The Oud has 4-5 double strings and one single bass string attached to a pear shaped wooden body. Sitar combined the pear shaped body and neck of Oud with the gourds of the Veena, fretted neck and jawari and placed moveable frets that bowed out from the neck to allow for greater pulling control. Sympathetic strings and other modifications were introduced by descendants of Imrat Khan’s Gharana. This allowed pulling the strings across frets for inflection and melismatics which was a perfect combination of the two.
Guitar Back Story:
The Guitar is a descendant of the Oud brought to Spain by the Moors and the Baroque Guitar which resembled a double stringed baritone ukulele and was soft in sound. The Guitar neck was elongated, the sound box enlarged for more volume and frets were added to allow for easier trilling and musical techniques of the time. It eventually went from 4 double strings, to 5 strings to the now standard 6 single strings.
Chords and scales were played vertically and horizontally along the neck and allowing for single string melody and harmony. The pick was dropped as the intricacy of the music developed. The guitar eventually replaced the Lute in Spain by around 1700 AD as the most popular instrument.
Imrat Guitar Story:
The Imratguitar is a combination of Sitar and Guitar making it the newest branch on the evolutionary tree of stringed instruments. Guitar is one of the most popular instruments in the world and has had a direct influenced on the music of Brazil, Spanish Flamenco and American Blues, Jazz and Rock. Sitar is one of the most recognized instrument of North India and has had a major influence on the music from that region.
The Imrat Guitar incorporates the jawari, moveable frets bowed out over a routed out finger board, sympathetic strings, a set of 3 chikara strings of the sitar. Incorporated from the Guitar are the standard 5-6 strings, similar scale length, similar body shape, head stock, tuning system and saddle.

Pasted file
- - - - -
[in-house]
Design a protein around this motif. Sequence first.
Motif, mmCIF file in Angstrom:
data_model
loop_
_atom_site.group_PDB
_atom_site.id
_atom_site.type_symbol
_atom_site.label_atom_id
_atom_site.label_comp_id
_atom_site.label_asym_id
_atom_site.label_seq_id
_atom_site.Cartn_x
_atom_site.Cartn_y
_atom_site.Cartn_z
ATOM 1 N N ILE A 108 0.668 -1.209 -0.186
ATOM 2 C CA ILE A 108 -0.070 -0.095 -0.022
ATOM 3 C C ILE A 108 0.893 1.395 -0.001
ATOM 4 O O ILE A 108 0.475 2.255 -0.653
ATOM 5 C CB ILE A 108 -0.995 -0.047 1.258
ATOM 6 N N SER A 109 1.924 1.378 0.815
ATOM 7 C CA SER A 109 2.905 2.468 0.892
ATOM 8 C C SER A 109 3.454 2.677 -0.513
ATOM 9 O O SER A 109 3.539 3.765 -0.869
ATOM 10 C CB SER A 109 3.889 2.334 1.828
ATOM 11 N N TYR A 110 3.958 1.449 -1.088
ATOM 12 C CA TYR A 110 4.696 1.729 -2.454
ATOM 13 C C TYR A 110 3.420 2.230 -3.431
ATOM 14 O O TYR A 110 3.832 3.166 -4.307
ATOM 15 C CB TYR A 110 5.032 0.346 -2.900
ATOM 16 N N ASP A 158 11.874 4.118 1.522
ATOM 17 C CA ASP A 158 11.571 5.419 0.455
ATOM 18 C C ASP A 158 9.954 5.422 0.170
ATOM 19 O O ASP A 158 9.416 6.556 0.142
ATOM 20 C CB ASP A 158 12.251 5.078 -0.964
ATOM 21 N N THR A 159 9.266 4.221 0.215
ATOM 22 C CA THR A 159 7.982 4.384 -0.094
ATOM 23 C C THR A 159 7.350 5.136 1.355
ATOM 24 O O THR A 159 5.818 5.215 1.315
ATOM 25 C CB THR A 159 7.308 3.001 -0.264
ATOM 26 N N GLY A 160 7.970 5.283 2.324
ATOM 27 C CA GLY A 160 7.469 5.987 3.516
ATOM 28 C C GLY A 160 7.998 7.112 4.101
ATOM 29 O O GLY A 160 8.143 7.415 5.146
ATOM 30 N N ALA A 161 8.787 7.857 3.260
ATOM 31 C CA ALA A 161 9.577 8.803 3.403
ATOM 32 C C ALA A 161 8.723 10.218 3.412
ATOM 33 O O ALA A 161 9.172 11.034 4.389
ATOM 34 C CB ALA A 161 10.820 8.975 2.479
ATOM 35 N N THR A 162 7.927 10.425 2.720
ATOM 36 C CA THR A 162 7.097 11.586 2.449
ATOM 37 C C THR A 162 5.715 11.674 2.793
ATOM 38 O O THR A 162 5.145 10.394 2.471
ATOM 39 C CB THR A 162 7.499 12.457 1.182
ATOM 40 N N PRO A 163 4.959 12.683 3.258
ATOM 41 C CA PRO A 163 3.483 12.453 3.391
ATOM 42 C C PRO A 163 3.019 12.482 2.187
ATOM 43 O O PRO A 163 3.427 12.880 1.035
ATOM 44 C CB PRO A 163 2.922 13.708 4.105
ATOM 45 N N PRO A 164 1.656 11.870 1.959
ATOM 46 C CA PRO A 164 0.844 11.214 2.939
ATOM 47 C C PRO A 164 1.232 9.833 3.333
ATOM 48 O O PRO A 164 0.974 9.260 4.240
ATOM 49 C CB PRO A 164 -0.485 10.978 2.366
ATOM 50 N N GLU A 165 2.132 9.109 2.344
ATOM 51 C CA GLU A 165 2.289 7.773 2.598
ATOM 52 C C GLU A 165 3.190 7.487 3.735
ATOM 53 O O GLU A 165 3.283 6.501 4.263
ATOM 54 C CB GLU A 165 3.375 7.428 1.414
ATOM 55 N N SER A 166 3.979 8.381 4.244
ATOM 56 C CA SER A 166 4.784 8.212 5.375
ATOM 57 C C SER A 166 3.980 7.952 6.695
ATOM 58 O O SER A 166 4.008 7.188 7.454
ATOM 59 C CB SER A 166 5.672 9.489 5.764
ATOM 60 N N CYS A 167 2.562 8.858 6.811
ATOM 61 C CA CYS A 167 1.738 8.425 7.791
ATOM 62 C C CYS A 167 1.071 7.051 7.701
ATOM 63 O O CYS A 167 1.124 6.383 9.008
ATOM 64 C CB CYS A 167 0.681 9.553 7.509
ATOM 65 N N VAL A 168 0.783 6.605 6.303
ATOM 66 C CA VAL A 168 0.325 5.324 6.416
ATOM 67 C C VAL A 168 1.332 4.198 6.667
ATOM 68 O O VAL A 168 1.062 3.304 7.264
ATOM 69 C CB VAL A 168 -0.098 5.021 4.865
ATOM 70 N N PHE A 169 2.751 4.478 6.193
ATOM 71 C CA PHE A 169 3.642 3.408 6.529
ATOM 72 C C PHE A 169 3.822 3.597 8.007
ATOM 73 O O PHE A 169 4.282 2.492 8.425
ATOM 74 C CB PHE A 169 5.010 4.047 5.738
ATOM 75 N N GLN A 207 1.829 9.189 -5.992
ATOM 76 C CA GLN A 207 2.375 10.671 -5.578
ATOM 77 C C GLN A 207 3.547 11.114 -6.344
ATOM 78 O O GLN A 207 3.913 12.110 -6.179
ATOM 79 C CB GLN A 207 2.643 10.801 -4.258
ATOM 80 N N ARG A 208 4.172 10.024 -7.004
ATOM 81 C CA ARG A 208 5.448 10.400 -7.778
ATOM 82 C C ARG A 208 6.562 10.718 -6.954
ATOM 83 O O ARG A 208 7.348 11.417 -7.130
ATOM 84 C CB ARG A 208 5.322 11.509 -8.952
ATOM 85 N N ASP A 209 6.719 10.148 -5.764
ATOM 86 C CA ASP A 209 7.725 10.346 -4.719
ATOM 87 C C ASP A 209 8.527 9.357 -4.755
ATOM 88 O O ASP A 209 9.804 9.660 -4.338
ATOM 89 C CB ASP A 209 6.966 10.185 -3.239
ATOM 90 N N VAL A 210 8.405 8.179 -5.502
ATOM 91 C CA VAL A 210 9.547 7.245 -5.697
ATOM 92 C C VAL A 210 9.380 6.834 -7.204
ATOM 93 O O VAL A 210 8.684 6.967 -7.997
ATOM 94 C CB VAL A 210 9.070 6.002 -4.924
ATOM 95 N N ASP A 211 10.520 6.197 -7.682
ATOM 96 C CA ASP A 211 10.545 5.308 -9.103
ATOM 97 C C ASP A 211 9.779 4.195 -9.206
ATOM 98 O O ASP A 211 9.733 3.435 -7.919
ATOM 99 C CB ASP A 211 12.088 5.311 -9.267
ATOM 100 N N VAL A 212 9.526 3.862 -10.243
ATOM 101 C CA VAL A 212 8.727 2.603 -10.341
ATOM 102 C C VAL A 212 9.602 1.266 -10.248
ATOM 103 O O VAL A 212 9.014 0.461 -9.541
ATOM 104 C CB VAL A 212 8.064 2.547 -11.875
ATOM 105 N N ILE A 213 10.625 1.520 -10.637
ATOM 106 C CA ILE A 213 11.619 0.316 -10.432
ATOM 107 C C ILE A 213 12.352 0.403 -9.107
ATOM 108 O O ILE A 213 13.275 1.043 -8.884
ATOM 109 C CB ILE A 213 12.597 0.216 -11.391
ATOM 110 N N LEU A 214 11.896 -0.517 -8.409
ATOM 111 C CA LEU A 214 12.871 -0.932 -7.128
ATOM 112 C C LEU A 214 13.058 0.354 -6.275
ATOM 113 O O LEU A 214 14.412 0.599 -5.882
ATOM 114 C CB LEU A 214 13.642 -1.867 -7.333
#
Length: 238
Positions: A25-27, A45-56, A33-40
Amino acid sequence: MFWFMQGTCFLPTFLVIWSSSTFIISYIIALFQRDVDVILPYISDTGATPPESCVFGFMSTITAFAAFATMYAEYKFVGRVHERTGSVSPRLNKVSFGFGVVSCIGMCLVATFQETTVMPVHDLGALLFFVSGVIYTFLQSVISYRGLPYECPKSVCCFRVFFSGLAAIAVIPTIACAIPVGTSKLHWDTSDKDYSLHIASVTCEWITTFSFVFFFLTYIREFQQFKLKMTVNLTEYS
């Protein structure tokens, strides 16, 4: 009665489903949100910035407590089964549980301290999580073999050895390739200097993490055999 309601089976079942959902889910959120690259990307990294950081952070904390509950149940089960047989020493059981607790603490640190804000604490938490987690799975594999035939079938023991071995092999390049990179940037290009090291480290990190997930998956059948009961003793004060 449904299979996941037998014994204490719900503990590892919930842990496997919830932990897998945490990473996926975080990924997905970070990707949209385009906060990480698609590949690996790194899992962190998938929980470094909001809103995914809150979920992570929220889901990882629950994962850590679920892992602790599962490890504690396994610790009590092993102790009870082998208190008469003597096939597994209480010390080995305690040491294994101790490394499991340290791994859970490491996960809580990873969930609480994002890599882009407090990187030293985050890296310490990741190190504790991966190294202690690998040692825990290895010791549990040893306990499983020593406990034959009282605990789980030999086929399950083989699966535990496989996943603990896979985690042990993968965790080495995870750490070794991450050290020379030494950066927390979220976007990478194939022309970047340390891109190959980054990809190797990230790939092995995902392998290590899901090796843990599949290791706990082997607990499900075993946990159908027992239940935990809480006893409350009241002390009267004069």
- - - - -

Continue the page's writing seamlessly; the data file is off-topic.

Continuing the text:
It is played finger style for the Alap and Jhor sections. and with a pick for the composition sections. The sympathetic strings fire nicely and are within easy reach for melodic shadowing effects and harmonic playing. It is essentially a sitar neck on the body of a Guitar with modifications to allow for technical and musical aspects.
A combination Sitar, one of the most popular and researched instruments of India, and Guitar, one of the most popular and innovative instruments of the West, the Imratguitar is the first truly successful instrument to bridge these two musical mountains.
With a deep knowledge and respect for the traditions of both cultures, for the first time the music is allowed to expand and reach new heights. The Imrat Guitar is the missing link. Ustadt Imrat Khan calls the Imrat Guitar the finest instrument in existence today. For the first time eastern musicians can access western harmony and western musicians can access eastern melodic phrasing.